Rome, Italy
Thomson Reuters Foundation

At least one in five people could not afford science's 'ideal diet' designed to feed 10 billion people without hurting the planet, according to a study published on Friday. 

The EAT-Lancet report made headlines when it was unveiled in January because it proposed the first scientific targets for both a healthy diet and a sustainable food system.

Pakistan labourer 

A labourer prepares fruit plates on his push cart before breaking fast during the fasting month of Ramadan along a road in Karachi, Pakistan, on 8th May. PICTURE: Reuters/Akhtar Soomro

It recommended people double their intake of nuts, fruit, vegetables and legumes, and eat half as much meat and sugar to prevent millions of early deaths, cut greenhouse gas emissions and preserve land, water and biodiversity. 

The Global Burden of Disease study by the US-based Institute for Health Metrics and Evaluation said poor diets killed 11 million people - one in five - in 2017, more than smoking, which kills about eight million people a year.

Agriculture, forestry and other land use accounted for 23 per cent of total net man-made greenhouse gas emissions from 2007 to 2016, soaring to 37 per cent when pre- and post-production activity were factored in, according to the United Nations.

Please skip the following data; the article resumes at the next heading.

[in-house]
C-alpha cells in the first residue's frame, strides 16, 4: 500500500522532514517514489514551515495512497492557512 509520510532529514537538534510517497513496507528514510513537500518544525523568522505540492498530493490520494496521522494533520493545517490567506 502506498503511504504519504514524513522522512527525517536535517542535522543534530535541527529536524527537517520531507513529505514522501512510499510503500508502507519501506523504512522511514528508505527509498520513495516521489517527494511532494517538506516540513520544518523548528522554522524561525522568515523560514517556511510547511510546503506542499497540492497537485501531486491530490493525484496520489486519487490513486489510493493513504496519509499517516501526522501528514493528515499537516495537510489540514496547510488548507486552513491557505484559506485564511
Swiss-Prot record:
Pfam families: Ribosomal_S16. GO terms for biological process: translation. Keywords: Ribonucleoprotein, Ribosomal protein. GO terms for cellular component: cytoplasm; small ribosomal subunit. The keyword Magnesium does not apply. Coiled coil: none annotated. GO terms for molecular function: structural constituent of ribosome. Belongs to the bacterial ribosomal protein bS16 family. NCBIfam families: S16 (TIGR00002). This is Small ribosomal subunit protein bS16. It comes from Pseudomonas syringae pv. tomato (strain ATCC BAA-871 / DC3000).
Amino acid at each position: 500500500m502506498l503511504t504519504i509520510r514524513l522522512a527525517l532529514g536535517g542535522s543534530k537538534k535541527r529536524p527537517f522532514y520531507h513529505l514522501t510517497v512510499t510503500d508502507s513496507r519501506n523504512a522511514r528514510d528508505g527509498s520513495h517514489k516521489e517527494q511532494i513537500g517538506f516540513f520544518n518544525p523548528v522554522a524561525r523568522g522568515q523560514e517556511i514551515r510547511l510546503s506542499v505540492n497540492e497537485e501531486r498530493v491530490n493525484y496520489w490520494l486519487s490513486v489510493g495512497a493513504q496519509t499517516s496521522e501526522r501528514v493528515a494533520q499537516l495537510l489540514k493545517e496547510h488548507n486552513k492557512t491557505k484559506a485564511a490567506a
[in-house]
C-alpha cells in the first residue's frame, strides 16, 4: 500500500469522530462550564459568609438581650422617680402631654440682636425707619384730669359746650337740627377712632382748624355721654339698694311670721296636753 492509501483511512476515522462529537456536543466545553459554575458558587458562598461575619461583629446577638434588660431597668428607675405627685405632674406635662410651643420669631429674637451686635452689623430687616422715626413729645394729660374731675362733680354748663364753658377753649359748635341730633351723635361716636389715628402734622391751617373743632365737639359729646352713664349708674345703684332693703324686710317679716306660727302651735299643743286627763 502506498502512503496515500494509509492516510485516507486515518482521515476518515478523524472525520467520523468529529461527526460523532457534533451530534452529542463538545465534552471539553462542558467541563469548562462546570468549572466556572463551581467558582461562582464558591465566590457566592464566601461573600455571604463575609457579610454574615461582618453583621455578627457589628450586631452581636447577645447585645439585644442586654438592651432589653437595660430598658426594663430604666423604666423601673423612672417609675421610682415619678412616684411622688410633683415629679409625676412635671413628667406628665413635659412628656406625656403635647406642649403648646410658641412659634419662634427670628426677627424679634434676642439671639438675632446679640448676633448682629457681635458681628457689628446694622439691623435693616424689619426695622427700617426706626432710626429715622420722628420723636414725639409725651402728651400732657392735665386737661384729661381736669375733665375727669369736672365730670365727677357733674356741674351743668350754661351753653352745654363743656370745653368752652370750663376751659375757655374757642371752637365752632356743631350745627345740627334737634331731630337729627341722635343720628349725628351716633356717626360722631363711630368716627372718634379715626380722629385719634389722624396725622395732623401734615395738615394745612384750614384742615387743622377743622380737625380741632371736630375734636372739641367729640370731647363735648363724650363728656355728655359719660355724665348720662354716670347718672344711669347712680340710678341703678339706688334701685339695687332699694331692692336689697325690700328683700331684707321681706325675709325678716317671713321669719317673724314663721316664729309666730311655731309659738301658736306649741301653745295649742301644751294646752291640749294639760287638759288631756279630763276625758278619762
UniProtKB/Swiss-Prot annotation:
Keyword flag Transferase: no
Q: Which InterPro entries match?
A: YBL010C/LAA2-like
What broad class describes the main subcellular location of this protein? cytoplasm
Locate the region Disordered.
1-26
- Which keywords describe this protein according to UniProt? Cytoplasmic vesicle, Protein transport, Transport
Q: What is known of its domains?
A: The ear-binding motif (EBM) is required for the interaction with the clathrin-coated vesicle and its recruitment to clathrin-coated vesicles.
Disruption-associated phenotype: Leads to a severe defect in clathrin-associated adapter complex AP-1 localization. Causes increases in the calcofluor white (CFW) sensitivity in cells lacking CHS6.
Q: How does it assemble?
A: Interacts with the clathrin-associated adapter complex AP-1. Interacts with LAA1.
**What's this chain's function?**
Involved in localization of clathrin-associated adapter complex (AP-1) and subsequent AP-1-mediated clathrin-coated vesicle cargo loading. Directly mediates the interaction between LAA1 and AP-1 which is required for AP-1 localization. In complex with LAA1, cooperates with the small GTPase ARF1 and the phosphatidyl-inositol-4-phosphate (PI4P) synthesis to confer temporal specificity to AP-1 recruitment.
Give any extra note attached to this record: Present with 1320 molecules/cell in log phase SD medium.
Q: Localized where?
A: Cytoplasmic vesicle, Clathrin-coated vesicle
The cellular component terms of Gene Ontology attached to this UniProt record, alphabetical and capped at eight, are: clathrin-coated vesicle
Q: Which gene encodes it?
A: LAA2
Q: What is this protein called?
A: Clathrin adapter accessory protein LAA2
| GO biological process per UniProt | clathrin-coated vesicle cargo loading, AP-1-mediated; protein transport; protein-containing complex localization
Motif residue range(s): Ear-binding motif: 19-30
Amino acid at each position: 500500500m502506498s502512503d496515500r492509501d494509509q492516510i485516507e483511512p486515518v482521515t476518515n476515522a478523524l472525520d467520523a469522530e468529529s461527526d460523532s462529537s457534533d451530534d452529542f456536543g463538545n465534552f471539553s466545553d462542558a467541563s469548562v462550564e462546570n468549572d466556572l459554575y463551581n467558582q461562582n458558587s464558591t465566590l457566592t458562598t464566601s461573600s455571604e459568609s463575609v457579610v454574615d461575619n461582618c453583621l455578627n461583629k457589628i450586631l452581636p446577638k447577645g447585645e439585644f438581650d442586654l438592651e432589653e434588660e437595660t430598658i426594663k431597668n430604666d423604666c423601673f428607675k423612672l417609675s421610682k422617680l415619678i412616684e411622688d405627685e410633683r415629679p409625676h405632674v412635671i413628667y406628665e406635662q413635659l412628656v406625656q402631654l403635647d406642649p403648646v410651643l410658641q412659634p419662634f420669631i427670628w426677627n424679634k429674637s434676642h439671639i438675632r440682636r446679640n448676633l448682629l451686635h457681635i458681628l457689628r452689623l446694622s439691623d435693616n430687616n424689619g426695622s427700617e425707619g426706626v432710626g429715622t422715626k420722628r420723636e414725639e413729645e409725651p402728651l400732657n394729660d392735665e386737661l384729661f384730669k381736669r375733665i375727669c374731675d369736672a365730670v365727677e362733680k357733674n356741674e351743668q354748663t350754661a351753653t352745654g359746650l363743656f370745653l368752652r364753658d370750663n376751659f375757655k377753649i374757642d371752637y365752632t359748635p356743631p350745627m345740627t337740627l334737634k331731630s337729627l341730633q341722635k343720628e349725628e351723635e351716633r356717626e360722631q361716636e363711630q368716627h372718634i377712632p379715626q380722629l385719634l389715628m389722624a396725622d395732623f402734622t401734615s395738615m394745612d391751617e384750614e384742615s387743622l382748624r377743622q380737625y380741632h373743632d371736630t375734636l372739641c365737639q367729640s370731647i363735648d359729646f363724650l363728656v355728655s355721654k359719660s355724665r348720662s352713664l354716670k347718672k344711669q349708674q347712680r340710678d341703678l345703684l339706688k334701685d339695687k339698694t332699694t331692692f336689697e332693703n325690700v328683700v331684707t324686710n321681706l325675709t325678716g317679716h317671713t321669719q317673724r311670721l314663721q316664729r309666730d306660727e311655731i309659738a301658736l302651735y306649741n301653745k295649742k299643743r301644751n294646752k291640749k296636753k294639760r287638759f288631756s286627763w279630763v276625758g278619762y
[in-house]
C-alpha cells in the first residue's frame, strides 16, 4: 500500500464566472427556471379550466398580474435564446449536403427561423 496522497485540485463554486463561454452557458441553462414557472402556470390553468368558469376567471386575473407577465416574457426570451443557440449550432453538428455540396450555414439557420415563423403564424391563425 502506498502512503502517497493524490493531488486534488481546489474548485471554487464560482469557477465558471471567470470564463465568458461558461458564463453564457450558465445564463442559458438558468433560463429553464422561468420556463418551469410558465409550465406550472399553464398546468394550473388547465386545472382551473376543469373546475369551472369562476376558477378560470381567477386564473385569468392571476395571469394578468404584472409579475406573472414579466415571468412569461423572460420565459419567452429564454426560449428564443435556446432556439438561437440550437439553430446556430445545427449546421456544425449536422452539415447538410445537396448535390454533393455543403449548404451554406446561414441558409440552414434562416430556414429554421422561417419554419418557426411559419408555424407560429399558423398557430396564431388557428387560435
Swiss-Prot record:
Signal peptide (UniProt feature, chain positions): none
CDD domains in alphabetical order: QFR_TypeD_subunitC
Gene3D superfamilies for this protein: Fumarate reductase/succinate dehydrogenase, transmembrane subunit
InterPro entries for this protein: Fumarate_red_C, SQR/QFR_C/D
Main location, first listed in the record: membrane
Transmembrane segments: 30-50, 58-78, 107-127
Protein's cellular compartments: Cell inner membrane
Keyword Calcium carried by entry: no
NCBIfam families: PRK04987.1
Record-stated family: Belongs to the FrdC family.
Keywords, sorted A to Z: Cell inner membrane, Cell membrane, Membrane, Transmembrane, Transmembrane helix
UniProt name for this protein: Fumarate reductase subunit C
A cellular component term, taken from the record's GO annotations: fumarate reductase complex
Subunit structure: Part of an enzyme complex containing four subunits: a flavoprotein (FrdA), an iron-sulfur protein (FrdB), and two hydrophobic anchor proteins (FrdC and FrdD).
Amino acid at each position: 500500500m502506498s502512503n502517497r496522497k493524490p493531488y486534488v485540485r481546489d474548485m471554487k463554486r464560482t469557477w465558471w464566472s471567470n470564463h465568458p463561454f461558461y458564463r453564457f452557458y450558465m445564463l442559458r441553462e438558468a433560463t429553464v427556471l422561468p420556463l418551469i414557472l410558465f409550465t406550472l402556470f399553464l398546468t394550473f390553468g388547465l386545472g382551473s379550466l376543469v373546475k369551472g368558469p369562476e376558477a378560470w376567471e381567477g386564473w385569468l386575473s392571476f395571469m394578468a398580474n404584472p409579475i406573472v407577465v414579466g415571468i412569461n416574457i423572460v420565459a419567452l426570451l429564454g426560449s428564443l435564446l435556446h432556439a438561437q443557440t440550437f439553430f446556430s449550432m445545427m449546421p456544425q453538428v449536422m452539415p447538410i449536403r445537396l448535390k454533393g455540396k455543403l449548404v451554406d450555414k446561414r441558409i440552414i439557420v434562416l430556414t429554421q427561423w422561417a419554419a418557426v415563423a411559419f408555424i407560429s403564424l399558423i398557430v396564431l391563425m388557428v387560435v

The 'ideal diet' - projected to be in place by 2050 - would keep people and planet healthy, said the Lancet. But it would cost an average $2.84 per head per day, said researchers from the International Food Policy Research Institute and Friedman School of Nutrition Science and Policy at Tufts University.

This amounts to nearly 90 per cent of a household's daily per capita income in poorer countries, pushing the regime beyond reach for nearly 1.6 billion people, mostly in sub-Saharan Africa and South Asia, they said in a paper in The Lancet Global Health. 

"The actual number must be higher, since people need to spend at least some money on other things such as housing and clothing, as well as education, healthcare and transportation," senior author Will Masters told the Thomson Reuters Foundation. 

"For the poorest people, solutions to malnutrition will require economic change," said Masters, citing higher incomes and lower food costs.

Beans, lentils, cowpeas, some vegetables and cereals are easier to find and cheaper in most countries than foods recommended in the EAT-Lancet diet such as eggs, fish, meat and fruits, but they are "not as delicious or desirable," he said.